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What is the difference between a cash out refinance and a HELOC?

cash out refinance vs heloc

When it comes to tapping into your home equity, there are a few choices that homeowners need to know. Two of the most important ones are HELOC and cash out refinance.

While they both serve similar purposes, they are actually quite different. In order to understand them better, let’s take a closer look at each one.

What is a cash out refinance?

A cash out refinance is a mortgage refinancing option where the new mortgage is for a larger amount than the existing loan in order to convert home equity into cash.

For example, if you owe $100,000 on your current mortgage and you refinance for a $200,000 cash out loan, you will receive $100,000 cash at closing.

The extra cash can be used towards renovation projects, consolidate debt, or any other purpose. The main difference between a cash out refinance and a home equity loan is that cash out refinances replace your entire mortgage while home equity loans are in addition to your existing mortgage.

Because cash out refinances essentially involve taking out a new mortgage, they come with all the same fees and closing costs as your original home loan. This includes origination fees, appraisal fees, and potentially even points if you choose to buy them down. As such, it’s important to calculate whether the cash you’ll receive from a cash out refinance justifies the costs associated with taking out a new mortgage.

In general, cash out refinances are best for those who have built up significant equity in their home and who want to use that equity for a specific purpose such as funding home improvements or consolidating debt.

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What is a Home Equity Line of Credit (HELOC)?

A home equity line of credit, or HELOC, is a type of loan that allows homeowners to borrow against the equity in their home.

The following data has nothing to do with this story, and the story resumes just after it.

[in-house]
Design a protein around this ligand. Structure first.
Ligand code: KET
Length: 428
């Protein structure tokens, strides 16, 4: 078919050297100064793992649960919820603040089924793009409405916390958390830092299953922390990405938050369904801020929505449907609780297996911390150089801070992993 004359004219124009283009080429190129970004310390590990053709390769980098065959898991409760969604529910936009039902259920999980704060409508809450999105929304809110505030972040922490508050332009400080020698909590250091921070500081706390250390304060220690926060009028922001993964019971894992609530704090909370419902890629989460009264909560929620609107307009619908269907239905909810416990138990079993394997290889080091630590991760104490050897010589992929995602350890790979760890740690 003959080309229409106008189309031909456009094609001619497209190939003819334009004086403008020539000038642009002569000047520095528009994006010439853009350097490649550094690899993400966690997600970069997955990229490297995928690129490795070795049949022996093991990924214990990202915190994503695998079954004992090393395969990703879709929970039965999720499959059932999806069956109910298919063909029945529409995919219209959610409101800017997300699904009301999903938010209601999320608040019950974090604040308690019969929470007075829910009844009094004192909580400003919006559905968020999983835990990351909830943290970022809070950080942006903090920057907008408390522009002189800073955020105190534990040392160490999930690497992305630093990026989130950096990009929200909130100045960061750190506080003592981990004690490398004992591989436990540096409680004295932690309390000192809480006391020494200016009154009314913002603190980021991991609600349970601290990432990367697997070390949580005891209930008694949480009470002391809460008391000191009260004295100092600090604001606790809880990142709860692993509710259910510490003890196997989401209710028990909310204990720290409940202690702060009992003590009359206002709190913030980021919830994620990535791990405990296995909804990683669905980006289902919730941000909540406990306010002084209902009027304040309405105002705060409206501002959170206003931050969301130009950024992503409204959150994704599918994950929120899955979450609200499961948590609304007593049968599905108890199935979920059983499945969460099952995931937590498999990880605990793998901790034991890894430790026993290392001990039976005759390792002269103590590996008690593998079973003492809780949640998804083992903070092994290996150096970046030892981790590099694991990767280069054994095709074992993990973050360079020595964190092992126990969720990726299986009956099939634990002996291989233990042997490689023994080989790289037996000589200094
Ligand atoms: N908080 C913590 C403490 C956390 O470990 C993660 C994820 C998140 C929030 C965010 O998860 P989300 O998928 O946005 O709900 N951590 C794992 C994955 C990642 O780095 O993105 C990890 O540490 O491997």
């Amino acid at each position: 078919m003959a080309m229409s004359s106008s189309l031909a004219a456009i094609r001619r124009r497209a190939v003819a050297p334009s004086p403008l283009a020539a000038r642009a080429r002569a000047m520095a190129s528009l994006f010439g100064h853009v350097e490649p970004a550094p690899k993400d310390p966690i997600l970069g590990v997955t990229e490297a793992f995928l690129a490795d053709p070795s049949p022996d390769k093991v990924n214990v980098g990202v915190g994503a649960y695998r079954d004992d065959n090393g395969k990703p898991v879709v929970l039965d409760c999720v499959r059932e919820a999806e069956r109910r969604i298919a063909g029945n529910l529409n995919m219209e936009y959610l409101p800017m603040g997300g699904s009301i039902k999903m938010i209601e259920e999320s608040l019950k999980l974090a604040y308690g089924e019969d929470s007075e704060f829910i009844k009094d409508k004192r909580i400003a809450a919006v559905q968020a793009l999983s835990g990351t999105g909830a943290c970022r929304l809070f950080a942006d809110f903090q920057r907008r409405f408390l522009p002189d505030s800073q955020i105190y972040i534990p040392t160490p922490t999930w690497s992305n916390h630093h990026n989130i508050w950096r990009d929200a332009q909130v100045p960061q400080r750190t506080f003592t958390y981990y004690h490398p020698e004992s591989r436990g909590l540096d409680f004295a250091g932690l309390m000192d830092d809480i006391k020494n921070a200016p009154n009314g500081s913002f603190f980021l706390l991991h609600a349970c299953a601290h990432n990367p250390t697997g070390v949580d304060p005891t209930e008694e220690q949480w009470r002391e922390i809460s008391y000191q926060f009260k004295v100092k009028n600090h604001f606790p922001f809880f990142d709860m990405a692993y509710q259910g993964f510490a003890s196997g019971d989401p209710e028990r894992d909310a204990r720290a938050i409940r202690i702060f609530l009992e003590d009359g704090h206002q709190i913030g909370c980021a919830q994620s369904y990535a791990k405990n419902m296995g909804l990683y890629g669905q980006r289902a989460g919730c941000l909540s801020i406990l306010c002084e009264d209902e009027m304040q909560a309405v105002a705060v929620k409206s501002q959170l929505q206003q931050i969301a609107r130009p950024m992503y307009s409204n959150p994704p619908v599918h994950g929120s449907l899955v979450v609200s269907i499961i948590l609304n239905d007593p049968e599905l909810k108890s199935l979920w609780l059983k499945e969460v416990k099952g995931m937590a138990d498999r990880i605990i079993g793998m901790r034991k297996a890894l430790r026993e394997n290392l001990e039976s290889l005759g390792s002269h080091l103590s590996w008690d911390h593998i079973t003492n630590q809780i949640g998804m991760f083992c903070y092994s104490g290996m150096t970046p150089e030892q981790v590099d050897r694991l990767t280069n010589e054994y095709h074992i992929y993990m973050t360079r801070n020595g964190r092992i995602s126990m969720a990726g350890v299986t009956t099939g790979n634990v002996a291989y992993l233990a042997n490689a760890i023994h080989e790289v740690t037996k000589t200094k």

Unlike a traditional home equity loan, which provides a lump sum of cash upfront, a HELOC offers borrowers the flexibility to withdraw funds as needed, up to the maximum line amount. The interest rate on a HELOC is typically lower than the interest rate on a credit card or personal loans, making it an attractive option for debt consolidation or major expenses.

Homeowners typically have 10 years to draw on the HELOC, with 20 year repayment period after which the line must be paid in full. HELOCs are secured by your home, which means that they are liens on your home. If you default on a HELOC, you will face the risk of foreclosure. For this reason, it’s important to consider all the pros and cons of taking out a HELOCs before making any decisions.

Now that you know the main differences between HELOCs and cash out refinances, let’s talk about when each one might be the right choice.

When to choose a cash out refinance

If you’re looking for a way to access your home equity without adding any more debt, a cash out refinance might be the right choice for you.

With this type of loan, you’ll be able to replace your existing mortgage with a new one for a larger amount. The difference between the two loans will be given to you in cash, which you can use for any purpose.

Another benefit is that if you have a higher interest rate on your mortgage than what is available in the present market, a cash out refinance will help you take advantage of the lower rates available.

Additionally, if you are paying PMI on your current loan, you may be able to cancel it with a cash out refinance. This will depend on the type of loan you have and other factors, so be sure to speak with your lender about this possibility.